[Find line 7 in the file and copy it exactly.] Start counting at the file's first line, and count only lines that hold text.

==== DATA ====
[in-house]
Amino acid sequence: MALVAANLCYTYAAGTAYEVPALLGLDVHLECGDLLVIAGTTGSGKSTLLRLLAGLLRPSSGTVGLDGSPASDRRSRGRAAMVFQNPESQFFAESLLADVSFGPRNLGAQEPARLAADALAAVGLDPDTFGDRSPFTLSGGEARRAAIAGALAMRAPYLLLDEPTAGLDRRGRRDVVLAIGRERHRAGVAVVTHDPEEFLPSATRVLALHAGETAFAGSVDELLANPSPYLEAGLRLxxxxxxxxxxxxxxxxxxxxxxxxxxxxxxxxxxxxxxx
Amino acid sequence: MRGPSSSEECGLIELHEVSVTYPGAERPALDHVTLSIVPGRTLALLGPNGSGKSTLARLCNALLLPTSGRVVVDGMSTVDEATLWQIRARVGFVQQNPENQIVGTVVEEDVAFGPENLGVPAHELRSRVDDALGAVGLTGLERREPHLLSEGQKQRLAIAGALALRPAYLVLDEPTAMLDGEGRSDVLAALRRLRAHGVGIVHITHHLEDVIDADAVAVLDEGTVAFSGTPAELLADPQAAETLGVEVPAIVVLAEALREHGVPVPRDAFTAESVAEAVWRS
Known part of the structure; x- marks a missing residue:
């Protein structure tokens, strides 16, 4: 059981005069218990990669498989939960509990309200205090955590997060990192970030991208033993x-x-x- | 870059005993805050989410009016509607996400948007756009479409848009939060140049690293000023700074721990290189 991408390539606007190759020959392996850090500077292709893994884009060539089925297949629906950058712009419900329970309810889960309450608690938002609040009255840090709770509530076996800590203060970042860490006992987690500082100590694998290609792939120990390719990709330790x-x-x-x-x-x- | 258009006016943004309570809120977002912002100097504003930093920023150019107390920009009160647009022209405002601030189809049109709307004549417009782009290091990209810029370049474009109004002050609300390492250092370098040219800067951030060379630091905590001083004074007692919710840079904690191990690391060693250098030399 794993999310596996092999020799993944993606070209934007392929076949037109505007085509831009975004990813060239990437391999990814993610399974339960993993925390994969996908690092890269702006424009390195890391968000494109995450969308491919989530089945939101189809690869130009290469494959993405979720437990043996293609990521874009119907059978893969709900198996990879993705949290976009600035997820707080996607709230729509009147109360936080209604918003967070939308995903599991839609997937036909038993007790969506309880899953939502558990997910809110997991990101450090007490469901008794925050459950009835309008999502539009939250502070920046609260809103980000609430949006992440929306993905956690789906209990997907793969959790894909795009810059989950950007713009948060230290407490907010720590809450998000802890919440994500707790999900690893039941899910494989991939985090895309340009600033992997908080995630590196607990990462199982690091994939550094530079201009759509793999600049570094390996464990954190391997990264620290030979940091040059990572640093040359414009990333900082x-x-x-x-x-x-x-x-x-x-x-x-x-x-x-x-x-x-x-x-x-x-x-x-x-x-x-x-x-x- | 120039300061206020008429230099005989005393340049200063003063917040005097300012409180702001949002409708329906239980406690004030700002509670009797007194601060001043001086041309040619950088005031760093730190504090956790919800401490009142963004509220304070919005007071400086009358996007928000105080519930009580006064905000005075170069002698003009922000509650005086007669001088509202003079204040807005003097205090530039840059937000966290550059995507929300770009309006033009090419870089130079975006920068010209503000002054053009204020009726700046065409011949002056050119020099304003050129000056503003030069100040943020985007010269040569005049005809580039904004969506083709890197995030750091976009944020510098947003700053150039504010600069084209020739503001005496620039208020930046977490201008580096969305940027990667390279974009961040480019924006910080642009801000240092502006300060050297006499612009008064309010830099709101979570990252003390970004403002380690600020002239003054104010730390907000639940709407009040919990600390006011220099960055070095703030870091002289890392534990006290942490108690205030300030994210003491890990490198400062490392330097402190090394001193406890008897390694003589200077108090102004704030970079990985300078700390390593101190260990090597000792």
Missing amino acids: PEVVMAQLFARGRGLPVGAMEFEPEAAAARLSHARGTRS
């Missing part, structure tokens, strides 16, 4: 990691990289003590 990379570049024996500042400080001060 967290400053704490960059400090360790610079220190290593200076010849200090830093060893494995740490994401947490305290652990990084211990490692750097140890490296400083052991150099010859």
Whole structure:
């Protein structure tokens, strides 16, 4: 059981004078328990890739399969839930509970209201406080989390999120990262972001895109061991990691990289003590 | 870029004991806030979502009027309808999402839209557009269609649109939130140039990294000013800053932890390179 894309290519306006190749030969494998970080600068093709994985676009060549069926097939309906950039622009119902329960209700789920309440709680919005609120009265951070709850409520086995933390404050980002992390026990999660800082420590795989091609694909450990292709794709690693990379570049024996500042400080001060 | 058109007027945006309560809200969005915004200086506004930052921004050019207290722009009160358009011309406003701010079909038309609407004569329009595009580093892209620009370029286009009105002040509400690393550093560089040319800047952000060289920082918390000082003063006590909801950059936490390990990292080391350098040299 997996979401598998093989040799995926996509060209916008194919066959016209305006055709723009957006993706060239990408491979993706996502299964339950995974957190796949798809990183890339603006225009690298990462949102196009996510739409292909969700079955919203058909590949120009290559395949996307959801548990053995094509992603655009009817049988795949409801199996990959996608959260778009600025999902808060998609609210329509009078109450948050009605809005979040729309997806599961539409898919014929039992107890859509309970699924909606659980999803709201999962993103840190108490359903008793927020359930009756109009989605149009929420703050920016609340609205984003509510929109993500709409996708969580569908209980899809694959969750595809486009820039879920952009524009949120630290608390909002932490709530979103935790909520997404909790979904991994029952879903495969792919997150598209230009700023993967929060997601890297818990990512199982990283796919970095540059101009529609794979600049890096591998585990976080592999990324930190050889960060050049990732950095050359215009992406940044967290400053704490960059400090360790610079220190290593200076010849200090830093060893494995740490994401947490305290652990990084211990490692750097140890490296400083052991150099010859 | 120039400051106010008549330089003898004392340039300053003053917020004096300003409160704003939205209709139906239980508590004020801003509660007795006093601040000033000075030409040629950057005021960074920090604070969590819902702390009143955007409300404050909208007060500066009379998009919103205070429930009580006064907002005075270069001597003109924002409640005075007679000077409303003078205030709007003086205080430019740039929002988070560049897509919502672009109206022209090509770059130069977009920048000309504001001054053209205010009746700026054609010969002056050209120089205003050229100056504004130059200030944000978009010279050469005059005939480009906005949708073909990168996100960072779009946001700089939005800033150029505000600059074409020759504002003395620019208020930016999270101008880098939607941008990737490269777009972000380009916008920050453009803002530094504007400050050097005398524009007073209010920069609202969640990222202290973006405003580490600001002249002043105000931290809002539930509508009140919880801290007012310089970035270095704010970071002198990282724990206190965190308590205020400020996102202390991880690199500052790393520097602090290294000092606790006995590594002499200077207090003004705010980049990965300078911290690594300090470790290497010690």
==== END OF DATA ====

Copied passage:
């Missing part, structure tokens, strides 16, 4: 990691990289003590 990379570049024996500042400080001060 967290400053704490960059400090360790610079220190290593200076010849200090830093060893494995740490994401947490305290652990990084211990490692750097140890490296400083052991150099010859």